Since the days of the first iPhone in 2007, Apple has sold the smartphone -- set up for AT&T service ---- as a subsidized purchase. In other words, you'd buy your iPhone for a discounted price with a 2-year AT&T contract, say $199 or $299, as opposed to $599 and $699 for a non-subsidized phone. Well, it appears that those days are over. Last night, Apple removed the option of purchasing a new iPhone on a two-year contract with AT&T from the online Apple Store. Instead, all purchases are now done with AT&T's Next plan using a monthly fee.
On the plus side, the Next plan makes it much more simple for iPhone fans to move to the newest model at the end of 12, 18 ,or 24 months by bundling the unsubsidized price of the phone with a service plan and then splitting that cost into a monthly fee. There's also no required down payment.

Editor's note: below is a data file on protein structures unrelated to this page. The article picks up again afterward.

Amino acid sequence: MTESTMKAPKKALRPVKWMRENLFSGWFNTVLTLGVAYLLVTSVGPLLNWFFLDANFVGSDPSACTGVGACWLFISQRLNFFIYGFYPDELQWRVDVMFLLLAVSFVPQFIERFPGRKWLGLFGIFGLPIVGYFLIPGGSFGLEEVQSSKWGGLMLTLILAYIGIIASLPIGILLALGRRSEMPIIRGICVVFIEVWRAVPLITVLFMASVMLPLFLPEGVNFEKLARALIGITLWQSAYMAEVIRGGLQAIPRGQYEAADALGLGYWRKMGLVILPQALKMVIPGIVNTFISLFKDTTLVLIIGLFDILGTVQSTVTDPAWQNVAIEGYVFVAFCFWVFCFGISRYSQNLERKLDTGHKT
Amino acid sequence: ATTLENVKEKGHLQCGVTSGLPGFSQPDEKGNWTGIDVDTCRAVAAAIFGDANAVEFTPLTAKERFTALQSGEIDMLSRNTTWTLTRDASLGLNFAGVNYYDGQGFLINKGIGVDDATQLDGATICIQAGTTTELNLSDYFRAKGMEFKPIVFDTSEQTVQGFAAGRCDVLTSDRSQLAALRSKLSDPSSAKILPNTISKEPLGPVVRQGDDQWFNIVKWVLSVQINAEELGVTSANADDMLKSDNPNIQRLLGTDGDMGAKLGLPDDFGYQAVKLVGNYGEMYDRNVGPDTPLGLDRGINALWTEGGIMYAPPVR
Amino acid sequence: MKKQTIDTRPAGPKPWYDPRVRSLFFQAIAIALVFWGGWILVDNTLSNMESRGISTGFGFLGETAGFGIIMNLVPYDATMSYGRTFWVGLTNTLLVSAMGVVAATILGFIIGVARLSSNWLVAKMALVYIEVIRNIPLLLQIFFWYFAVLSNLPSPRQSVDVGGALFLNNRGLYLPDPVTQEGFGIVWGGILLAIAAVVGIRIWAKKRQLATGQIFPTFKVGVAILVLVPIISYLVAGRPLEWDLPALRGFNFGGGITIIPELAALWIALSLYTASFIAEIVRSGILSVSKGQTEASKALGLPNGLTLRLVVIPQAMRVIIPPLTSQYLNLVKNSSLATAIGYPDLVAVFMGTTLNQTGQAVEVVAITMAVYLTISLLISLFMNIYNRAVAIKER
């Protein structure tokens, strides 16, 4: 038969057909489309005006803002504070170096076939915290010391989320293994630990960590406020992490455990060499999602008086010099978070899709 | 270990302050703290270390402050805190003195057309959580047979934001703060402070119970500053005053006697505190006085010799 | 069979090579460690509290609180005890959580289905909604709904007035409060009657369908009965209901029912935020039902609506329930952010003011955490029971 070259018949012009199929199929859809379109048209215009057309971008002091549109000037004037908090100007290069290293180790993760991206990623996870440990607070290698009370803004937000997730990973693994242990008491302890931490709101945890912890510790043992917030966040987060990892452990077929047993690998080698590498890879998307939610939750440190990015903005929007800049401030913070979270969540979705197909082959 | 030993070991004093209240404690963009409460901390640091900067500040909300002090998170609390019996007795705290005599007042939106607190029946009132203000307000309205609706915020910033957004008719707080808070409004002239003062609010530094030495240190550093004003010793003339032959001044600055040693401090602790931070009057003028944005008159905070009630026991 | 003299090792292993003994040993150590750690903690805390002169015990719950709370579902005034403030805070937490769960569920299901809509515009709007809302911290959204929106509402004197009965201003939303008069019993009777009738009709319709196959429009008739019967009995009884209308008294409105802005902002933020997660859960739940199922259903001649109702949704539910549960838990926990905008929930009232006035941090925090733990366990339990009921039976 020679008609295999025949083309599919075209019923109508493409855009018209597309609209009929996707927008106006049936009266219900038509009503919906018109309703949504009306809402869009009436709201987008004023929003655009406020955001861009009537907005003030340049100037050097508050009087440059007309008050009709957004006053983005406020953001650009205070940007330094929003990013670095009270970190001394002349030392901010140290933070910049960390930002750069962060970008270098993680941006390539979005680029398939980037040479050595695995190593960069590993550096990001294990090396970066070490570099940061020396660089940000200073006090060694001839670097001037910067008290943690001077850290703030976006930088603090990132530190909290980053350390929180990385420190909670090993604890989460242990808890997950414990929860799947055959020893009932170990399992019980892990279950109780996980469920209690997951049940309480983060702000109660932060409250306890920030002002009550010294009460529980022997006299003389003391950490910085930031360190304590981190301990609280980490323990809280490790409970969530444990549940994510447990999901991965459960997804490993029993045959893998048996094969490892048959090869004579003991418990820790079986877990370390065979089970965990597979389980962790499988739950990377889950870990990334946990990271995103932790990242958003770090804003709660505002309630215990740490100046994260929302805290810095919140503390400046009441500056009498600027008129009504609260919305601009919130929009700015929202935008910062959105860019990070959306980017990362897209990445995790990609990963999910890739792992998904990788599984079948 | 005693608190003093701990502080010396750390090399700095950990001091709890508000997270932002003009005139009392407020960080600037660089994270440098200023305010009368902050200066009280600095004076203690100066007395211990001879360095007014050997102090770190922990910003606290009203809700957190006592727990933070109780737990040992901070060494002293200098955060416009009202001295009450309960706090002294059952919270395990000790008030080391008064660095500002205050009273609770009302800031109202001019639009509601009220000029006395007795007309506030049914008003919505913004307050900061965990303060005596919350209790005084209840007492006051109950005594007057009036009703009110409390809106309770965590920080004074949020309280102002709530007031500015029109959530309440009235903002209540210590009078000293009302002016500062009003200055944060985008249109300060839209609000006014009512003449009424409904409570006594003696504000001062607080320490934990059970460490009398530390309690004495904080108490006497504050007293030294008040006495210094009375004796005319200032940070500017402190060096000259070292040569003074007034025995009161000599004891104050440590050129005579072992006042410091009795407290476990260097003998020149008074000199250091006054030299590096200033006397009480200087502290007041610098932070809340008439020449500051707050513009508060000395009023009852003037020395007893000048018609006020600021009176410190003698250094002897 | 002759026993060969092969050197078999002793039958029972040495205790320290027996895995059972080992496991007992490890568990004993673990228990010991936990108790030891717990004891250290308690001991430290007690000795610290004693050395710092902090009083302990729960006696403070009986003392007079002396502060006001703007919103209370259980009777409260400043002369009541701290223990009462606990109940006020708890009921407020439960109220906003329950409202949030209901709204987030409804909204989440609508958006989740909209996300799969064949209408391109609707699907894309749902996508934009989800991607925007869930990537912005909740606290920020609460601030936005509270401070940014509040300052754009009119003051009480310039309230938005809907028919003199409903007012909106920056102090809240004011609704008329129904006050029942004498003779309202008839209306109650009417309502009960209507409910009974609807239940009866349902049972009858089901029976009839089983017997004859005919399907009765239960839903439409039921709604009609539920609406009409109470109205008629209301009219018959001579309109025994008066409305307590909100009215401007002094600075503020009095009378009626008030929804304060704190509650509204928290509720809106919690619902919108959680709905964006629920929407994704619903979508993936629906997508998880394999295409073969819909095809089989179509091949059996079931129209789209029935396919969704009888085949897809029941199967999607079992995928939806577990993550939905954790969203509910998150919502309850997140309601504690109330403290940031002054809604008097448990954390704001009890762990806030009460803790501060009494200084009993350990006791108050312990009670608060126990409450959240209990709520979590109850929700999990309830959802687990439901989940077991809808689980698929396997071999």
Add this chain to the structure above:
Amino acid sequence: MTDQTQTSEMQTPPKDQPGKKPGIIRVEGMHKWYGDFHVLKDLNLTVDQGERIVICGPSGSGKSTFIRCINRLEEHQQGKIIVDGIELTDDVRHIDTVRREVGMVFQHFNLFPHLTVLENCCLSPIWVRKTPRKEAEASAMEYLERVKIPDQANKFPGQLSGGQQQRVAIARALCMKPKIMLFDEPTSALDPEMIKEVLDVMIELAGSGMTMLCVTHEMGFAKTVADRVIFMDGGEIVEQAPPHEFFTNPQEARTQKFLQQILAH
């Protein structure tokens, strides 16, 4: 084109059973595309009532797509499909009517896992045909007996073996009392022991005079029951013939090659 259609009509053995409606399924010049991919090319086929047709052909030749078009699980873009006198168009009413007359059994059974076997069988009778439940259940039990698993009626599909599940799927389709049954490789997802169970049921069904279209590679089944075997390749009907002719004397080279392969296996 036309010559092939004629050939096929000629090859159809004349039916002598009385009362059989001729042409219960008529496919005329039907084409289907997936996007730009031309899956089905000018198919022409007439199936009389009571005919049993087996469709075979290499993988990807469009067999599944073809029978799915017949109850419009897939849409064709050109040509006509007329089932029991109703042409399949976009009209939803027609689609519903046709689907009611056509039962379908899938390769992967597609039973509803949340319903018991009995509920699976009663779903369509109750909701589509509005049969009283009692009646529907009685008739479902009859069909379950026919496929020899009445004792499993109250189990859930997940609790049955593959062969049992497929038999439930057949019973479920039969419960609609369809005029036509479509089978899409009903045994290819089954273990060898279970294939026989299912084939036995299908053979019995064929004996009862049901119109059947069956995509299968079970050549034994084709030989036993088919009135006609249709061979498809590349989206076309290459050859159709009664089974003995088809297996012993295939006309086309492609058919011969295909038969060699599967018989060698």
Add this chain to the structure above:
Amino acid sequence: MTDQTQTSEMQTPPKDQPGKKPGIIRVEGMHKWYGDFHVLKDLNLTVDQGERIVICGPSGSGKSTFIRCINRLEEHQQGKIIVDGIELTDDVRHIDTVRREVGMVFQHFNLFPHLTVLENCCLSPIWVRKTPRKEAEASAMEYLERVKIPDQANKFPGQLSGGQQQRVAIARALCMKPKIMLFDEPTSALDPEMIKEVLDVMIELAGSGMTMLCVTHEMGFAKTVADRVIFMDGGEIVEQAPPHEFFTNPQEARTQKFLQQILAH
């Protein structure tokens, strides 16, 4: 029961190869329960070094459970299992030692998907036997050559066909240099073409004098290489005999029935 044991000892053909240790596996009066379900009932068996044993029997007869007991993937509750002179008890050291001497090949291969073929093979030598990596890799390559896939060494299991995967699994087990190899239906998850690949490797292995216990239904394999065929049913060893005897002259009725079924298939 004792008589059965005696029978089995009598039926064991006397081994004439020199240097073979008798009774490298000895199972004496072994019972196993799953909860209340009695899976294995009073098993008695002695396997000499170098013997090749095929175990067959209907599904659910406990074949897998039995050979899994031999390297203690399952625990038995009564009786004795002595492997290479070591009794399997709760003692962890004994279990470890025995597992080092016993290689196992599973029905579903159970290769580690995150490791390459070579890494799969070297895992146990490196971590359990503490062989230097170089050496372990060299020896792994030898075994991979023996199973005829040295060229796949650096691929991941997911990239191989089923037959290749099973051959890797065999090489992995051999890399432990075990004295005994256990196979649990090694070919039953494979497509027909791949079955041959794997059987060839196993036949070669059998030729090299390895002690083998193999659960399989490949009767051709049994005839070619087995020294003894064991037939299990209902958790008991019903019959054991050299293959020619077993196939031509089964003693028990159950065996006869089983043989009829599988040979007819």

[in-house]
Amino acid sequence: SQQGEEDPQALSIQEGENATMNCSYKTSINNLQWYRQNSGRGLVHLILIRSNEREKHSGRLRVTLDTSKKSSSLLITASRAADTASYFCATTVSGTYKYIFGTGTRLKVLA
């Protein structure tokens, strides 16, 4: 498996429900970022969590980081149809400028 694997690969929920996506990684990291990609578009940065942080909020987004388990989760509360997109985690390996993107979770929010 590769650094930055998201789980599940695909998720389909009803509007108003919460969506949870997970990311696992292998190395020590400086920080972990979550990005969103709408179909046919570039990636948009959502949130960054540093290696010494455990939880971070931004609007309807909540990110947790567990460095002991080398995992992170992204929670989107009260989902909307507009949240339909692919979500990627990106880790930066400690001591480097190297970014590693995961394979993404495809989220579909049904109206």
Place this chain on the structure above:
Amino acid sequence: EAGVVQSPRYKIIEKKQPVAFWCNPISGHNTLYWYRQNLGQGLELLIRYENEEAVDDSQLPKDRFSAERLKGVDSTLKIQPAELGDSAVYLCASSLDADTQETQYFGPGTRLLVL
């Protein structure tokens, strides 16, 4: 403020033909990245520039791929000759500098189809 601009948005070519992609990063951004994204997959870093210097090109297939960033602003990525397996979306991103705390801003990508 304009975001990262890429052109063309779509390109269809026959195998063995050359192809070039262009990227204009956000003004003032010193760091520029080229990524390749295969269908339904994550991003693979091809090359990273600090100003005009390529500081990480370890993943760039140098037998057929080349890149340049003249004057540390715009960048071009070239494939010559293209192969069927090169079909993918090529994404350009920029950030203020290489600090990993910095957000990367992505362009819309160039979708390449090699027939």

The pricing for a 16 GB iPhone 6 starts at $21.64 per month without a voice and data plan, while the 128 GB iPhone 6 Plus starts at $31.64 -- once again, without a voice and data plan. If you prefer to pay for your phone up front, you can do so by buying an unlocked iPhone or buy purchasing your new iPhone through AT&T web or retail stores that still show the existing subsidized plans.
Plans without subsidies may become the norm in the US, similar to the way they are in most other countries. For example, Apple offers T-Mobile phones only at full unlocked price or through the Jump upgrade plan. Sprint and Verizon currently have subsidized plans, although the companies also offer "fast upgrade" programs like Next and Jump.